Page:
2.1 Online Learning Notice: 

Please note: For courses delivered in an online format, include an online component, or are required to pivot online, students must have a reliable internet connection and computer that are compatible with online learning system requirements. Some courses may also require the use of a remote proctoring platform to ensure assessments are taken fairly in accordance with Western’s policy on Scholastic Discipline for Undergraduate Students and Scholastic Discipline for Graduate Students.  



Sommers-Flanagan, J. & Sommers-Flanagan, R. (2018). Counselling and Psychotherapy Theories in context and Practice. John Wiley and Sons, Inc: Hoboken, NJ.  




Learning Outcome  

Learning Activity  


Depth and Breadth of Knowledge.  

  • Difference in psychotherapy models 
  • An integrative approach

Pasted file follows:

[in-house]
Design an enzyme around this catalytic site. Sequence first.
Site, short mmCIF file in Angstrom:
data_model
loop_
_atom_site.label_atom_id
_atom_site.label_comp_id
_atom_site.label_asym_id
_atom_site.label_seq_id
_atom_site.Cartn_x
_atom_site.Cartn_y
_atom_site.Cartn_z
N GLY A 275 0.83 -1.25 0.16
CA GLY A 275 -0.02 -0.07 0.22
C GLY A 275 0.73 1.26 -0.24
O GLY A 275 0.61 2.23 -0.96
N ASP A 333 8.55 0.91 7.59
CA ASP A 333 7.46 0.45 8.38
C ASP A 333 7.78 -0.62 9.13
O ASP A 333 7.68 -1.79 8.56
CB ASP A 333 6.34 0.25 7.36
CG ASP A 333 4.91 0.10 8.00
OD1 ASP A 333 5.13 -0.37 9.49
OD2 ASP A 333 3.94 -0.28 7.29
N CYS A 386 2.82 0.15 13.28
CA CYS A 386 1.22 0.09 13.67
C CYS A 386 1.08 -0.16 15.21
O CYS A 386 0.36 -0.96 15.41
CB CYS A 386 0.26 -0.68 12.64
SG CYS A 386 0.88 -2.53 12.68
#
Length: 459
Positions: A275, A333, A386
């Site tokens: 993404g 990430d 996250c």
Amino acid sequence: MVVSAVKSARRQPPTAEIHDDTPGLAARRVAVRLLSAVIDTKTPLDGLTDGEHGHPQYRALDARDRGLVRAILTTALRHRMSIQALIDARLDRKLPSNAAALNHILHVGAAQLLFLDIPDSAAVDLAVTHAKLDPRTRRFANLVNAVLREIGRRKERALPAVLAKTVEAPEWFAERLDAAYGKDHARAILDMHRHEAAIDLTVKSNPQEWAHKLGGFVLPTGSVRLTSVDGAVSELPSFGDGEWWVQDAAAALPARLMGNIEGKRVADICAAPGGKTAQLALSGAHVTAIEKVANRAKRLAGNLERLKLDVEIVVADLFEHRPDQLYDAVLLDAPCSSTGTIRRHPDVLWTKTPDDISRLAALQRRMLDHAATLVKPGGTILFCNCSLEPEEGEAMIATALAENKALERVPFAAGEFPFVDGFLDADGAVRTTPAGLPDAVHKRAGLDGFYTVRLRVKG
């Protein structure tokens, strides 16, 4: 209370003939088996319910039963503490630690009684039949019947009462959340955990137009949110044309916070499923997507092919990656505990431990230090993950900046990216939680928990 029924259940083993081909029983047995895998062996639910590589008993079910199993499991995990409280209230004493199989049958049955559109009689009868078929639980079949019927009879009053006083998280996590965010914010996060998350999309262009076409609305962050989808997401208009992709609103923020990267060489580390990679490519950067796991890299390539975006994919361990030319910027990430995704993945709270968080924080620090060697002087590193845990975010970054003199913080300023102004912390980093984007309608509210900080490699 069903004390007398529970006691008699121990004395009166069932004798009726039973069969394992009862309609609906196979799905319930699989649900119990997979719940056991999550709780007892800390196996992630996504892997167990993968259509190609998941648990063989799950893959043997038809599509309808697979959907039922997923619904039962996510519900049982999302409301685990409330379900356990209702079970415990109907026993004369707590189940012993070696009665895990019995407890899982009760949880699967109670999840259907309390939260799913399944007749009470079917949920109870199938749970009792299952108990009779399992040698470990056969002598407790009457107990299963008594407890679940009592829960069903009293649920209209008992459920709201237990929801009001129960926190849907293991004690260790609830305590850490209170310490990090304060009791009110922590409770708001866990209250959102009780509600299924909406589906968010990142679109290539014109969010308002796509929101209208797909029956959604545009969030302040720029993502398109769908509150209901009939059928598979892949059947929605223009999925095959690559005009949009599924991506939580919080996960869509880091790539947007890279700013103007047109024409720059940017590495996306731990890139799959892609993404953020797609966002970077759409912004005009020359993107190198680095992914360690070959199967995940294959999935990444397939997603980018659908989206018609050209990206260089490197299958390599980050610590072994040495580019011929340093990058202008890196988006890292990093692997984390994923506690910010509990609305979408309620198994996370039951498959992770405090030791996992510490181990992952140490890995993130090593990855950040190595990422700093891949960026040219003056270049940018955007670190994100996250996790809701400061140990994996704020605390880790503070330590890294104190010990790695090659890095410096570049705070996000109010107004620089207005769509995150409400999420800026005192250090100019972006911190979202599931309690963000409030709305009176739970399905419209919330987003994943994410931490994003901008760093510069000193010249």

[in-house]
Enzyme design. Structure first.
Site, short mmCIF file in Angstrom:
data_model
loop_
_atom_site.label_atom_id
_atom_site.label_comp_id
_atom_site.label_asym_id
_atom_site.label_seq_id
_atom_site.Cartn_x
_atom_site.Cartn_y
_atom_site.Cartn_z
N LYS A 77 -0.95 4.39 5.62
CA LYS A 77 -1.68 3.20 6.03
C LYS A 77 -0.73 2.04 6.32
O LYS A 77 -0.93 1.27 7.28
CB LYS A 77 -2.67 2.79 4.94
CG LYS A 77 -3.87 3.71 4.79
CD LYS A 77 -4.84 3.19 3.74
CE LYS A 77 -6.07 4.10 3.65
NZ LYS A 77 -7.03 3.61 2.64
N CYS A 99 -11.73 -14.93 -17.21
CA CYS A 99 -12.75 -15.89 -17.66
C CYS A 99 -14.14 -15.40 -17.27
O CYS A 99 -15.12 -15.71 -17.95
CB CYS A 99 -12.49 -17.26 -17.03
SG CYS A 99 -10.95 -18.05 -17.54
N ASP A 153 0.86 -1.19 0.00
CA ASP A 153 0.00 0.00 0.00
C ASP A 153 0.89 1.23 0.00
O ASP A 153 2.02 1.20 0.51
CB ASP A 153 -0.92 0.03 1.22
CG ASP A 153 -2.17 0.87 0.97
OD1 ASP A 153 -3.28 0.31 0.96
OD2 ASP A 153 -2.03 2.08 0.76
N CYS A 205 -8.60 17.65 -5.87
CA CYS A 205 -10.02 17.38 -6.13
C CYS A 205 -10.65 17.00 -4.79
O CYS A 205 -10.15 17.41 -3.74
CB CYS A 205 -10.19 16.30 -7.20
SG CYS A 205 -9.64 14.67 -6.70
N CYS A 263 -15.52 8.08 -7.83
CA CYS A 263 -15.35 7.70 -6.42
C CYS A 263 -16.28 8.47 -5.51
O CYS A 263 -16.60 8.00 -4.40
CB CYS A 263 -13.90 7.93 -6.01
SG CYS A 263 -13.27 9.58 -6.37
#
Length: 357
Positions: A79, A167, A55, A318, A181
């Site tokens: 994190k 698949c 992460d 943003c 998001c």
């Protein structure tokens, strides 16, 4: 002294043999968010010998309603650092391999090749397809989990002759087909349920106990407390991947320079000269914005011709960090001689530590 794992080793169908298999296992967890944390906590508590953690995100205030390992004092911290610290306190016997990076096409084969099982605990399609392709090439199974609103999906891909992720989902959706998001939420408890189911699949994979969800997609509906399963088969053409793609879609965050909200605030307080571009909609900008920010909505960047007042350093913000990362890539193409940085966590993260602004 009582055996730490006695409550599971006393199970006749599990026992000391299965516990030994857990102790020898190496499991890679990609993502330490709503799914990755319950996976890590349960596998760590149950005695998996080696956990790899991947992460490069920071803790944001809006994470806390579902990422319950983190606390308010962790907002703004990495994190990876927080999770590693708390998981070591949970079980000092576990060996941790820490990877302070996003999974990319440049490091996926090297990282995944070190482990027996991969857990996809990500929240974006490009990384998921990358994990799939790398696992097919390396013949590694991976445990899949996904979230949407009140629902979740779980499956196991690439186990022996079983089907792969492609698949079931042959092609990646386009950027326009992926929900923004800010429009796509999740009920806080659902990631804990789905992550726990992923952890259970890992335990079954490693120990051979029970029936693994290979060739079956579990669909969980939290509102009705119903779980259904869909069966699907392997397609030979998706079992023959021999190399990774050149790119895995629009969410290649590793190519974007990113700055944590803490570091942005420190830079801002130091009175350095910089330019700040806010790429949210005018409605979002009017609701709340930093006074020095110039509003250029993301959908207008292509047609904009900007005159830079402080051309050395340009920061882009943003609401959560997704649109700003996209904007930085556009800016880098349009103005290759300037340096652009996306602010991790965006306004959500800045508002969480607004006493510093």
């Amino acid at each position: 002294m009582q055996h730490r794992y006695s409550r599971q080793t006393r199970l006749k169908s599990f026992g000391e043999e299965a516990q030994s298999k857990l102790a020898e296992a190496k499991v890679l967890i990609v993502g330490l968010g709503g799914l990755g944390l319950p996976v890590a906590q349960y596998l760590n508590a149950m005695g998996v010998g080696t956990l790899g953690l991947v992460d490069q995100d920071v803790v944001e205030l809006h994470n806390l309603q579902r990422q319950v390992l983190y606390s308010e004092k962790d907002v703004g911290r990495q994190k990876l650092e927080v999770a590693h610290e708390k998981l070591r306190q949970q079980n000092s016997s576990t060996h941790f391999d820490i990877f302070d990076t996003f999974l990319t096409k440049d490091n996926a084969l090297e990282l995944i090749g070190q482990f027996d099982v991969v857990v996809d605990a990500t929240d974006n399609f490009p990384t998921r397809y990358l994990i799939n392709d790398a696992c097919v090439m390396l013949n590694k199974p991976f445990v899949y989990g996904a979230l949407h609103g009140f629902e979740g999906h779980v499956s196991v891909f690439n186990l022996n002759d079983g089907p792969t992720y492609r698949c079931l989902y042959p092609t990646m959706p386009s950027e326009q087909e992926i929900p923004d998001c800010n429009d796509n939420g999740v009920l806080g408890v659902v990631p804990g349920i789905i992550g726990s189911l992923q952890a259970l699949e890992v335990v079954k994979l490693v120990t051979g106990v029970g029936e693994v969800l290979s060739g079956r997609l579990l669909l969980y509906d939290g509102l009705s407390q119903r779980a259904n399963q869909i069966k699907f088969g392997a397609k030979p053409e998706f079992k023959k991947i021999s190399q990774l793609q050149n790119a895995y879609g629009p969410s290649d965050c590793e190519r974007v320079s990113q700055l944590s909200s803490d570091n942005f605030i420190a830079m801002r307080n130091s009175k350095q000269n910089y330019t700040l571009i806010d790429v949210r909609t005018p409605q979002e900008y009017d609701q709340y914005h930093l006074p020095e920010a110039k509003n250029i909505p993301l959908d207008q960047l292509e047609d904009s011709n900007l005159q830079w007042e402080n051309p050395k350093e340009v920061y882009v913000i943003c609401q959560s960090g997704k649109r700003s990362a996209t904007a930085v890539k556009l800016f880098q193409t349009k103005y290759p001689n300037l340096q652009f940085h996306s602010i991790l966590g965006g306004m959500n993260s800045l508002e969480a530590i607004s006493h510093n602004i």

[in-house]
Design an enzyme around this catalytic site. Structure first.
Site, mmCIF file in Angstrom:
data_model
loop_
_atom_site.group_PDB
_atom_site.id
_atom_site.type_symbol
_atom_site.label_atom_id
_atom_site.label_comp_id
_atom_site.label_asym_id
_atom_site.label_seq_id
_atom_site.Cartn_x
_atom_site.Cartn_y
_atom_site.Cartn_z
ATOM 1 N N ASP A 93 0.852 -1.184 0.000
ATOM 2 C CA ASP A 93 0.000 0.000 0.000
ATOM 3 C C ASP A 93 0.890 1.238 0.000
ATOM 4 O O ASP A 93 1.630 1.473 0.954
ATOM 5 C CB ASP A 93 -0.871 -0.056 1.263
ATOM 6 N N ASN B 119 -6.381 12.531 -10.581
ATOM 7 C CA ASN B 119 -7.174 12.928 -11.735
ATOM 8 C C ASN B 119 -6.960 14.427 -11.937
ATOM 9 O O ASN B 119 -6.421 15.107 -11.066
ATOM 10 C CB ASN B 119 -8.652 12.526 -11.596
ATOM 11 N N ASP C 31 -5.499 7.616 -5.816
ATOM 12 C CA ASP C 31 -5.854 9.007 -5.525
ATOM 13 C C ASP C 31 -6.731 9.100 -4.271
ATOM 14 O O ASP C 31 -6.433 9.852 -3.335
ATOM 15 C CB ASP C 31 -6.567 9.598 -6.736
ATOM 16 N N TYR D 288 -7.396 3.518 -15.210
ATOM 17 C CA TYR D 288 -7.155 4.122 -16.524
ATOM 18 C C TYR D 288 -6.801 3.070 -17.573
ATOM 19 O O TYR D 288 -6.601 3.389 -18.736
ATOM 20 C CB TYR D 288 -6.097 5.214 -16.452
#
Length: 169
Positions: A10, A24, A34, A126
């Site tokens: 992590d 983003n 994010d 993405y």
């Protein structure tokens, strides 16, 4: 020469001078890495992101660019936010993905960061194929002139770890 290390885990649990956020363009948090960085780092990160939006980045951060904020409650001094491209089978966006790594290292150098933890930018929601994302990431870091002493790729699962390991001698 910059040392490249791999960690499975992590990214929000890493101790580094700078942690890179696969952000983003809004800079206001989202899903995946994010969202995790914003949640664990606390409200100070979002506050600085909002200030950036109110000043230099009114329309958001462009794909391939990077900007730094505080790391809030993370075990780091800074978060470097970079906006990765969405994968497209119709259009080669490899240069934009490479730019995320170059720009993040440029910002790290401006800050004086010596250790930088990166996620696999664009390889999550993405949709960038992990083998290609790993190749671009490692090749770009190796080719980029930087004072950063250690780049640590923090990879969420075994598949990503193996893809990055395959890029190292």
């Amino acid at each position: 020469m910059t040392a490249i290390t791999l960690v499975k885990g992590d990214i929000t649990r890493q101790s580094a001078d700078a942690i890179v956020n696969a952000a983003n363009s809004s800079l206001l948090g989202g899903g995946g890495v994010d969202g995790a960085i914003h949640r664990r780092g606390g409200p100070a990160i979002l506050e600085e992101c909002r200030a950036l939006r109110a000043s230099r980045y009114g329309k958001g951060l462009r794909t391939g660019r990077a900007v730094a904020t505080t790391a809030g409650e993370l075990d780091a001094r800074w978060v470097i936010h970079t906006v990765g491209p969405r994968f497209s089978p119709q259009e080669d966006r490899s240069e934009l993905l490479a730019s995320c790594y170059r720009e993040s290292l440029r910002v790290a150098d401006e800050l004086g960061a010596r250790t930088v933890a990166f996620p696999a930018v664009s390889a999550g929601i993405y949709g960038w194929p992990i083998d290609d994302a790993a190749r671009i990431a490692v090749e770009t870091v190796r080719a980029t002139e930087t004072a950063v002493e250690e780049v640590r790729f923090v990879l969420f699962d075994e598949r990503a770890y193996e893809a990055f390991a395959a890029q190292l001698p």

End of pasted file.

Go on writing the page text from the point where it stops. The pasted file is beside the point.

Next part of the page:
Lecture material and readings 

2 tests on course material (20% each) 

1 final exam (30%) 

Knowledge of Methodologies.  

  • Learning theory of each model 
  • Practice and techniques 

Case studies 

Videos of practice 

2 tests on course material (20% each) 

1 final exam (30%) 

Application of Knowledge.  

  • Understanding research and outcomes of different psychotherapy theories and approaches 
  • Application of the theory and models in a case study  


Lecture material, case studies and videos of practice 

Essay (30%) 

Communication Skills.  

  • Understand the difference between theory and approaches and when would apply these models in practice (i.e., how to choose the right model for the right patient presentation).